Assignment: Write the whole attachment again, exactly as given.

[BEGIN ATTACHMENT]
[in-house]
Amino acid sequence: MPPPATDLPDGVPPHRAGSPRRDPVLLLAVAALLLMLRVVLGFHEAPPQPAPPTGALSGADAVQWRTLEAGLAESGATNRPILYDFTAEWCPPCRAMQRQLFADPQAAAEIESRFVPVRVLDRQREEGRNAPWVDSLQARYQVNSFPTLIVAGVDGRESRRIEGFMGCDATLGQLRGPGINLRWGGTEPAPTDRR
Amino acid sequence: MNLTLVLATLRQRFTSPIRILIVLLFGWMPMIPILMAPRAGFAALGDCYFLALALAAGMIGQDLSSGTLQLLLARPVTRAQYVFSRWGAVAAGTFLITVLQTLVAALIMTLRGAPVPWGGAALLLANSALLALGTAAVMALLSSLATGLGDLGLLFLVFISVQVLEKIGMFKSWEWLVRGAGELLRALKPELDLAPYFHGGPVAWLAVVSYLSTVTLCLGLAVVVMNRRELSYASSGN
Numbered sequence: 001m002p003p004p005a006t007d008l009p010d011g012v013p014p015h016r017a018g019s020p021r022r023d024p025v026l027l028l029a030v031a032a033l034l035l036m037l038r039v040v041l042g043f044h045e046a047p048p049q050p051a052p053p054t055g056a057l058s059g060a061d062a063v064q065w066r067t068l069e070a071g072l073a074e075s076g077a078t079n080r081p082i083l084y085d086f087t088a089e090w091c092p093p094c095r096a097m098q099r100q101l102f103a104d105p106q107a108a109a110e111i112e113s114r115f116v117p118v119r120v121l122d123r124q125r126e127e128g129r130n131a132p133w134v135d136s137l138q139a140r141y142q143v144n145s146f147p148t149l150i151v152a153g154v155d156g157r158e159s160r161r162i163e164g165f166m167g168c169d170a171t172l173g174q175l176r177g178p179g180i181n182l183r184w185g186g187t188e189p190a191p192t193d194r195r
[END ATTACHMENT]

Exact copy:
[in-house]
Amino acid sequence: MPPPATDLPDGVPPHRAGSPRRDPVLLLAVAALLLMLRVVLGFHEAPPQPAPPTGALSGADAVQWRTLEAGLAESGATNRPILYDFTAEWCPPCRAMQRQLFADPQAAAEIESRFVPVRVLDRQREEGRNAPWVDSLQARYQVNSFPTLIVAGVDGRESRRIEGFMGCDATLGQLRGPGINLRWGGTEPAPTDRR
Amino acid sequence: MNLTLVLATLRQRFTSPIRILIVLLFGWMPMIPILMAPRAGFAALGDCYFLALALAAGMIGQDLSSGTLQLLLARPVTRAQYVFSRWGAVAAGTFLITVLQTLVAALIMTLRGAPVPWGGAALLLANSALLALGTAAVMALLSSLATGLGDLGLLFLVFISVQVLEKIGMFKSWEWLVRGAGELLRALKPELDLAPYFHGGPVAWLAVVSYLSTVTLCLGLAVVVMNRRELSYASSGN
Numbered sequence: 001m002p003p004p005a006t007d008l009p010d011g012v013p014p015h016r017a018g019s020p021r022r023d024p025v026l027l028l029a030v031a032a033l034l035l036m037l038r039v040v041l042g043f044h045e046a047p048p049q050p051a052p053p054t055g056a057l058s059g060a061d062a063v064q065w066r067t068l069e070a071g072l073a074e075s076g077a078t079n080r081p082i083l084y085d086f087t088a089e090w091c092p093p094c095r096a097m098q099r100q101l102f103a104d105p106q107a108a109a110e111i112e113s114r115f116v117p118v119r120v121l122d123r124q125r126e127e128g129r130n131a132p133w134v135d136s137l138q139a140r141y142q143v144n145s146f147p148t149l150i151v152a153g154v155d156g157r158e159s160r161r162i163e164g165f166m167g168c169d170a171t172l173g174q175l176r177g178p179g180i181n182l183r184w185g186g187t188e189p190a191p192t193d194r195r